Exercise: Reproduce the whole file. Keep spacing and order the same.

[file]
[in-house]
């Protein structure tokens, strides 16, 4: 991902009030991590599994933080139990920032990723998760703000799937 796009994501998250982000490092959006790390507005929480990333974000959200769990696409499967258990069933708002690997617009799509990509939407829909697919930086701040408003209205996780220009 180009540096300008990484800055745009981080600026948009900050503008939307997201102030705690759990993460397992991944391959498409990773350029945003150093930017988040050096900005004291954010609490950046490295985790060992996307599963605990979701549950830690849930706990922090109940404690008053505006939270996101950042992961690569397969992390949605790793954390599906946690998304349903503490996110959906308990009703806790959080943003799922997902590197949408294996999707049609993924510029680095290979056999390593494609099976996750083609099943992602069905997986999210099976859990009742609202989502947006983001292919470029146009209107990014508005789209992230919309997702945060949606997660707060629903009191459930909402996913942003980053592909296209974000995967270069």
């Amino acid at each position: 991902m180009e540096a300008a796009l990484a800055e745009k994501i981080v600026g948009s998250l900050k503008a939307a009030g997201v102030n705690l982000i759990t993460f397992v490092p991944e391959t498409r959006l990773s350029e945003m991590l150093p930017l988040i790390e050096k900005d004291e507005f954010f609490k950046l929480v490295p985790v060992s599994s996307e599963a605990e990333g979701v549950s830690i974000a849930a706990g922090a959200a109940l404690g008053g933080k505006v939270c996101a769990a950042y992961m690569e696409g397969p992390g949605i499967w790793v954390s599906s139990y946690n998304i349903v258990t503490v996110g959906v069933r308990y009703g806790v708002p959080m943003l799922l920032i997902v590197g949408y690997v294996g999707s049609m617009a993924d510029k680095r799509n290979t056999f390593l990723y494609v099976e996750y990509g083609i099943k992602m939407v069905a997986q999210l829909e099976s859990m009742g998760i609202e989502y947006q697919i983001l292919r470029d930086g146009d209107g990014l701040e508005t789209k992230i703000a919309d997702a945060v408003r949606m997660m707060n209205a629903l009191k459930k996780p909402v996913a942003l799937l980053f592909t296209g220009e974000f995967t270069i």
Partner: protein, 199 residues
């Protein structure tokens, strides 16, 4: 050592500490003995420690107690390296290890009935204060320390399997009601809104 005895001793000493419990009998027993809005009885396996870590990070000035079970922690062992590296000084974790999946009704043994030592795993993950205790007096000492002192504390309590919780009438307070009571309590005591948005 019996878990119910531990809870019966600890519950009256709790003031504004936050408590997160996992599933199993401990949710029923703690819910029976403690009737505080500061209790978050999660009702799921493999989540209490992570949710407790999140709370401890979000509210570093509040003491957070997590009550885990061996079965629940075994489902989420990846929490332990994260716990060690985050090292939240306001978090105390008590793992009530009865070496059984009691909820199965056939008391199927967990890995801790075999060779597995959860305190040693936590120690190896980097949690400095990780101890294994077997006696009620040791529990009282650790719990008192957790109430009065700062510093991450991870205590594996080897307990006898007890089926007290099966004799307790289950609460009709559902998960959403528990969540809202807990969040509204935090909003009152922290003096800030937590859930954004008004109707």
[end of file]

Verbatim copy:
[in-house]
């Protein structure tokens, strides 16, 4: 991902009030991590599994933080139990920032990723998760703000799937 796009994501998250982000490092959006790390507005929480990333974000959200769990696409499967258990069933708002690997617009799509990509939407829909697919930086701040408003209205996780220009 180009540096300008990484800055745009981080600026948009900050503008939307997201102030705690759990993460397992991944391959498409990773350029945003150093930017988040050096900005004291954010609490950046490295985790060992996307599963605990979701549950830690849930706990922090109940404690008053505006939270996101950042992961690569397969992390949605790793954390599906946690998304349903503490996110959906308990009703806790959080943003799922997902590197949408294996999707049609993924510029680095290979056999390593494609099976996750083609099943992602069905997986999210099976859990009742609202989502947006983001292919470029146009209107990014508005789209992230919309997702945060949606997660707060629903009191459930909402996913942003980053592909296209974000995967270069």
């Amino acid at each position: 991902m180009e540096a300008a796009l990484a800055e745009k994501i981080v600026g948009s998250l900050k503008a939307a009030g997201v102030n705690l982000i759990t993460f397992v490092p991944e391959t498409r959006l990773s350029e945003m991590l150093p930017l988040i790390e050096k900005d004291e507005f954010f609490k950046l929480v490295p985790v060992s599994s996307e599963a605990e990333g979701v549950s830690i974000a849930a706990g922090a959200a109940l404690g008053g933080k505006v939270c996101a769990a950042y992961m690569e696409g397969p992390g949605i499967w790793v954390s599906s139990y946690n998304i349903v258990t503490v996110g959906v069933r308990y009703g806790v708002p959080m943003l799922l920032i997902v590197g949408y690997v294996g999707s049609m617009a993924d510029k680095r799509n290979t056999f390593l990723y494609v099976e996750y990509g083609i099943k992602m939407v069905a997986q999210l829909e099976s859990m009742g998760i609202e989502y947006q697919i983001l292919r470029d930086g146009d209107g990014l701040e508005t789209k992230i703000a919309d997702a945060v408003r949606m997660m707060n209205a629903l009191k459930k996780p909402v996913a942003l799937l980053f592909t296209g220009e974000f995967t270069i």
Partner: protein, 199 residues
């Protein structure tokens, strides 16, 4: 050592500490003995420690107690390296290890009935204060320390399997009601809104 005895001793000493419990009998027993809005009885396996870590990070000035079970922690062992590296000084974790999946009704043994030592795993993950205790007096000492002192504390309590919780009438307070009571309590005591948005 019996878990119910531990809870019966600890519950009256709790003031504004936050408590997160996992599933199993401990949710029923703690819910029976403690009737505080500061209790978050999660009702799921493999989540209490992570949710407790999140709370401890979000509210570093509040003491957070997590009550885990061996079965629940075994489902989420990846929490332990994260716990060690985050090292939240306001978090105390008590793992009530009865070496059984009691909820199965056939008391199927967990890995801790075999060779597995959860305190040693936590120690190896980097949690400095990780101890294994077997006696009620040791529990009282650790719990008192957790109430009065700062510093991450991870205590594996080897307990006898007890089926007290099966004799307790289950609460009709559902998960959403528990969540809202807990969040509204935090909003009152922290003096800030937590859930954004008004109707």